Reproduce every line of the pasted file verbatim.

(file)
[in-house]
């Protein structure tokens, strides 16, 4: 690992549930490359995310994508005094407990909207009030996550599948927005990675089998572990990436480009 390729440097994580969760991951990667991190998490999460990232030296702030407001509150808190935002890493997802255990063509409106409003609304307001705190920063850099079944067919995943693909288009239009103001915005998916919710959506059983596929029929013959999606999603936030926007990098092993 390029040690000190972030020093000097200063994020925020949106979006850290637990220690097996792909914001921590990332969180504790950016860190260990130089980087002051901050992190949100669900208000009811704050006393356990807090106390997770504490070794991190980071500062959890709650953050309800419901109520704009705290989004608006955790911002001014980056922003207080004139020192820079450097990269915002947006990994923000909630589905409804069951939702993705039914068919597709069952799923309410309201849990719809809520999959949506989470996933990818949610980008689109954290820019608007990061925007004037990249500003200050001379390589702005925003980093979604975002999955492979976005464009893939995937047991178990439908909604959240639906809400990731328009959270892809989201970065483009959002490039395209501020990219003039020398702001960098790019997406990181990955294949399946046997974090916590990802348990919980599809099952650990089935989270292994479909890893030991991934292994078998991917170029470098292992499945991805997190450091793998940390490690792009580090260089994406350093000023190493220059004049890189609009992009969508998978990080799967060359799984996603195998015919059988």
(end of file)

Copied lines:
[in-house]
């Protein structure tokens, strides 16, 4: 690992549930490359995310994508005094407990909207009030996550599948927005990675089998572990990436480009 390729440097994580969760991951990667991190998490999460990232030296702030407001509150808190935002890493997802255990063509409106409003609304307001705190920063850099079944067919995943693909288009239009103001915005998916919710959506059983596929029929013959999606999603936030926007990098092993 390029040690000190972030020093000097200063994020925020949106979006850290637990220690097996792909914001921590990332969180504790950016860190260990130089980087002051901050992190949100669900208000009811704050006393356990807090106390997770504490070794991190980071500062959890709650953050309800419901109520704009705290989004608006955790911002001014980056922003207080004139020192820079450097990269915002947006990994923000909630589905409804069951939702993705039914068919597709069952799923309410309201849990719809809520999959949506989470996933990818949610980008689109954290820019608007990061925007004037990249500003200050001379390589702005925003980093979604975002999955492979976005464009893939995937047991178990439908909604959240639906809400990731328009959270892809989201970065483009959002490039395209501020990219003039020398702001960098790019997406990181990955294949399946046997974090916590990802348990919980599809099952650990089935989270292994479909890893030991991934292994078998991917170029470098292992499945991805997190450091793998940390490690792009580090260089994406350093000023190493220059004049890189609009992009969508998978990080799967060359799984996603195998015919059988």